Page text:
I waxed the dressers with Howards Walnut wax and #0000 steel wool. I tested the difference between sanding with a 1500 grit sanding sponge, and waxing with steel wool – and I prefered the latter. I waxed with the grain, and let the wax dry. Then I buffed it off with a clean lint-free rag. ----- For drawer pull layout I used Scott Collins no-math layout method. My drawer pulls have 2 bolts, 3” on center. -----I made a full-height jig to drill the holes for the machine bo...
Here is my setup for cutting half blind dovetails. I use a larger-than-stock 14 degree dovetail bit. I think it makes nicer looking dovetail joints, and they feel much stronger. Here is a link to my blog about the special bit… http://lumberjocks.com/topics/40073-----This is the bit I use, which is a Rockler item. You can still cut these dovetails in one pass with the PC jig. -----I trimmed some aromatic cedar plywood to size and test fit the drawers.-----Grooves were cut for the dra...
With the top built, it was time to turn my attention to the backsplash inlay and wedge detail. ----I cut a double sided taper on the backsplash piece using a tapering jig at the tablesaw. ----I saved my offcuts to make wedge shapes. The wedges were glued back onto the backsplash. I was careful to place the wedge in its original position so the grain would align. ---- The backsplash is carpet taped to a strip of MDF. This creates a straight reference point to cut shallow dados for m...
Here is the plan from my design. It incorporates some Stickley design elements. --The dresser carcases are assembled, including the small divider that separates the top two drawers.--The small dividers are attached with biscuits. To cut the slots, I opened the top two web frames like a clamshell. The web frames were aligned, and clamped together. Then I added an Emerson straightedge clamp, positioned to center the small divider on the web frame. --The ruler on the Emerson clamp helps cen...
It is now time to build the web frames that function as drawer dividers. The web frames are notched around the legs, and I decided to cut the notches with a dado blade. Here is my setup at the tablesaw with sacrificial fences on both the tablesaw and miter gauge. The result was nice crisp corners on the notches. This will be a visible joint at the front of the dresser. A bandsaw could also accomplish the task, but not quite as easily as a dado blade. After cutting pieces to ...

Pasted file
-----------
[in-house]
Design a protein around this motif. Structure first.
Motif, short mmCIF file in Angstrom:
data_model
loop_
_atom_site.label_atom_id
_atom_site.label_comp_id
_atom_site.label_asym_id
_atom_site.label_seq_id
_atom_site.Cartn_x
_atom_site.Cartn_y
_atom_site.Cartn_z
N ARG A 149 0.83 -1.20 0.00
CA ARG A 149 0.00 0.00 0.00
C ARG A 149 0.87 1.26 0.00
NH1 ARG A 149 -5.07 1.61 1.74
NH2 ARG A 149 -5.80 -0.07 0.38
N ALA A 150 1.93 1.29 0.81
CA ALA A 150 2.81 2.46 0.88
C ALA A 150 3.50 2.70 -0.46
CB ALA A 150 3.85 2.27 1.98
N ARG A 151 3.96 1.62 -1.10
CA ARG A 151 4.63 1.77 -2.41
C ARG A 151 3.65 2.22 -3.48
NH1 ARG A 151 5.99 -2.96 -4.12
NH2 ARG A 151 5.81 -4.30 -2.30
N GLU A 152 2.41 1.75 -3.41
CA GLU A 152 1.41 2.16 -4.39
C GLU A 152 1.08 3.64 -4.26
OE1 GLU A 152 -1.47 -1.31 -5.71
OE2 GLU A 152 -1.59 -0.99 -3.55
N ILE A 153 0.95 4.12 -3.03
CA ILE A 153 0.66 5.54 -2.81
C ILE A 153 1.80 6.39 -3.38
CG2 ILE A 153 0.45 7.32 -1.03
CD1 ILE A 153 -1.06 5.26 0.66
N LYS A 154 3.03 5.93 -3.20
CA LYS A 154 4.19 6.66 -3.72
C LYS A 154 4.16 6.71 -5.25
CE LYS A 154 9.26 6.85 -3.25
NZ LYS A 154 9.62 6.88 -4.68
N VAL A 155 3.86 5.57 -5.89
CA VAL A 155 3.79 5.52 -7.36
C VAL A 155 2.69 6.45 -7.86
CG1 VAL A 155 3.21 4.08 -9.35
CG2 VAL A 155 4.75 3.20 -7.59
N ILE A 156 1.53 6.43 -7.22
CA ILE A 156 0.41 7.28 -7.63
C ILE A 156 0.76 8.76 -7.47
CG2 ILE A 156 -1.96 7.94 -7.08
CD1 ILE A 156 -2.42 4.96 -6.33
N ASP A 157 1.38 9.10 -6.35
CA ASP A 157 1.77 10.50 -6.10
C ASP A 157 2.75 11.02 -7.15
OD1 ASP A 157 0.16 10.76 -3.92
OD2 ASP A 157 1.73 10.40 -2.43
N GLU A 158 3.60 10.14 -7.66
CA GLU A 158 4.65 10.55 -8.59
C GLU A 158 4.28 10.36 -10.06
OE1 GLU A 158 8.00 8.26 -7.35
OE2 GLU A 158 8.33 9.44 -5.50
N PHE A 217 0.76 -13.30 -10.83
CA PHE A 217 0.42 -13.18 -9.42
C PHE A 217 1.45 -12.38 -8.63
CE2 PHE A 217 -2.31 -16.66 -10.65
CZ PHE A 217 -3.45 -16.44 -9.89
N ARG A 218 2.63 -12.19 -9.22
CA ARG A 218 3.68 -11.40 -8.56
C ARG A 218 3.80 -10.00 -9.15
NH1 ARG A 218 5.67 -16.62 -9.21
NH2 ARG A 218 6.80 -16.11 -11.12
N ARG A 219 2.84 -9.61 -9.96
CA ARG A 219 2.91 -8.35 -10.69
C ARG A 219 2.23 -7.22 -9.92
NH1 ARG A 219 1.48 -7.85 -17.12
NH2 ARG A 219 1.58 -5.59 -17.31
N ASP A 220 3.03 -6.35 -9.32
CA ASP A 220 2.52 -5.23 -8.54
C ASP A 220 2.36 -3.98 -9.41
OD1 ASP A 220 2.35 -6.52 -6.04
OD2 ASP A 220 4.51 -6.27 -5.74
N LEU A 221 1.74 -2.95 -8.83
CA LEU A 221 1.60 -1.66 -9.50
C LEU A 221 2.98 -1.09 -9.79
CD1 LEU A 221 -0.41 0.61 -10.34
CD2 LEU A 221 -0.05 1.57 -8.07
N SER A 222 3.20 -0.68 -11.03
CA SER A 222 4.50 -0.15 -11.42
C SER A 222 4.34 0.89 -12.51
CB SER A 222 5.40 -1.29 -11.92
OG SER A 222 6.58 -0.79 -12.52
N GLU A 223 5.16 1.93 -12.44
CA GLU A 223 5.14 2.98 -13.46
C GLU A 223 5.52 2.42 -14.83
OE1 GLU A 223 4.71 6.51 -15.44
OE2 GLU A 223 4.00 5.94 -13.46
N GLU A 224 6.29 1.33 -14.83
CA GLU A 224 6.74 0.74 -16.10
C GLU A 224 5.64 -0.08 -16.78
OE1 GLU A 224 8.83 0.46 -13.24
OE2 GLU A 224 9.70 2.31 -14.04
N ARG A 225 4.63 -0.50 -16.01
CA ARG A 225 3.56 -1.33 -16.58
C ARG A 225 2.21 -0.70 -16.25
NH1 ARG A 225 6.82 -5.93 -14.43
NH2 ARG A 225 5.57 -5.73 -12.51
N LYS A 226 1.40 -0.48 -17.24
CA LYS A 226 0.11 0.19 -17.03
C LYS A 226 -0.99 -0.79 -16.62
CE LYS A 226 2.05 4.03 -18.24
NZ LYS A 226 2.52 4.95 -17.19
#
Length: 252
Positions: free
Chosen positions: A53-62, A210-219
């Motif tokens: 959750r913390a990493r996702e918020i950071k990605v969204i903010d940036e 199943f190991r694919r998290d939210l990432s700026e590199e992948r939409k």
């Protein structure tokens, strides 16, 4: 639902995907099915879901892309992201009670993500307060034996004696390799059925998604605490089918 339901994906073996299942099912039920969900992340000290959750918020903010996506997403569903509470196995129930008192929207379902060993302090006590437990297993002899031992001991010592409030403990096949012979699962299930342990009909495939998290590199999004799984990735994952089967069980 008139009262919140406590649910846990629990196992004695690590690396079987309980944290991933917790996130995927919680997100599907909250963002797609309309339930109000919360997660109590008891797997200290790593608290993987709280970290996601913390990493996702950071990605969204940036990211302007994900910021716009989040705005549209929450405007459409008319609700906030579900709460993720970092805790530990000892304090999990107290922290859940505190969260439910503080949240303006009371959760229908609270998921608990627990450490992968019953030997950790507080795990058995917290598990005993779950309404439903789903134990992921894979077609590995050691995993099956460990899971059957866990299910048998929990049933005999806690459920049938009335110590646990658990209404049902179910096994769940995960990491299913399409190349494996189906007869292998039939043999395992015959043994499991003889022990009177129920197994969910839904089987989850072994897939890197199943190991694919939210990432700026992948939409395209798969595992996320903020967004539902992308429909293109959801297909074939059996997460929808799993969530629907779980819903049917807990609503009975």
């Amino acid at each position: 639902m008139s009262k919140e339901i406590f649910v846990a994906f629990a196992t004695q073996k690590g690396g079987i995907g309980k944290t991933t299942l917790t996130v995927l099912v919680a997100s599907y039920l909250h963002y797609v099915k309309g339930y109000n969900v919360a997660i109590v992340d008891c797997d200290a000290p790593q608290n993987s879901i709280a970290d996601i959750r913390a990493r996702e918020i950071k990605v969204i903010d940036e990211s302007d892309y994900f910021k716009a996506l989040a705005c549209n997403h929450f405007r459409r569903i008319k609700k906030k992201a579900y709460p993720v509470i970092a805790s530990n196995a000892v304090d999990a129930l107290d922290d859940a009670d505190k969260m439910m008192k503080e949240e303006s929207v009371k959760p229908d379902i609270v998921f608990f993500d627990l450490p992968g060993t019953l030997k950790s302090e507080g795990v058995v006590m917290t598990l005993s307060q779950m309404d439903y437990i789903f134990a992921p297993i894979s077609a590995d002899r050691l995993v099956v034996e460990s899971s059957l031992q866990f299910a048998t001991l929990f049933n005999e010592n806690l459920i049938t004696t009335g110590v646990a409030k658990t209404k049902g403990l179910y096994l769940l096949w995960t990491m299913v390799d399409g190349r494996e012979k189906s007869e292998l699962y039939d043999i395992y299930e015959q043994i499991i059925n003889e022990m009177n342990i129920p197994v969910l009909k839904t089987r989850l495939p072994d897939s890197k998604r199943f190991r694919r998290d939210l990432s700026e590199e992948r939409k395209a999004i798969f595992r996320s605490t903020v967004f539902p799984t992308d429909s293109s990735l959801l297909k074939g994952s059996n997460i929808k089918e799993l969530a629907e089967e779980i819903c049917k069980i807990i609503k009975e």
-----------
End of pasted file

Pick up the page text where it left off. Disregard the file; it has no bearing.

Top finished Frame assembled Four-inch long T30 lags secure the top timbers. Laminated or not? By laying out my jointlines carefully, I was able to laminate some 8/4 and 5/4 together. The glueline is at the angle of the timber, so it is not visible. In addition, I laminated some thin veneers on both sides. Back to the project page… http://lumberjocks.com/projects/71281
I never would have guessed that cutting 4 mortises would take all afternoon. Because the mortises are angled to match the wedges, the fitting process takes a little longer than usual. I cut the first one by hand, then decided to cut the rest at the mortiser. Cutting past the layout line on the shoulder side of the mortise will ensure the joint pulls tight. Keys installed. A few taps on the wedges and the shoulders draw up tight. The keys were cut on the bandsaw. When the k...
After pattern routing the long arched rails, it was time to turn my attention to the top. I started with 6/4 stock, all from the same log. Biscuits were placed every 6” to help with alignment and add strength. I once did an experiment with biscuits – joined two boards with biscuits (no glue) and soaked them in water for a while. I took it around to each family member to see if they could pull the boards apart—- and none could. I took the top over to Creative Woodwo...
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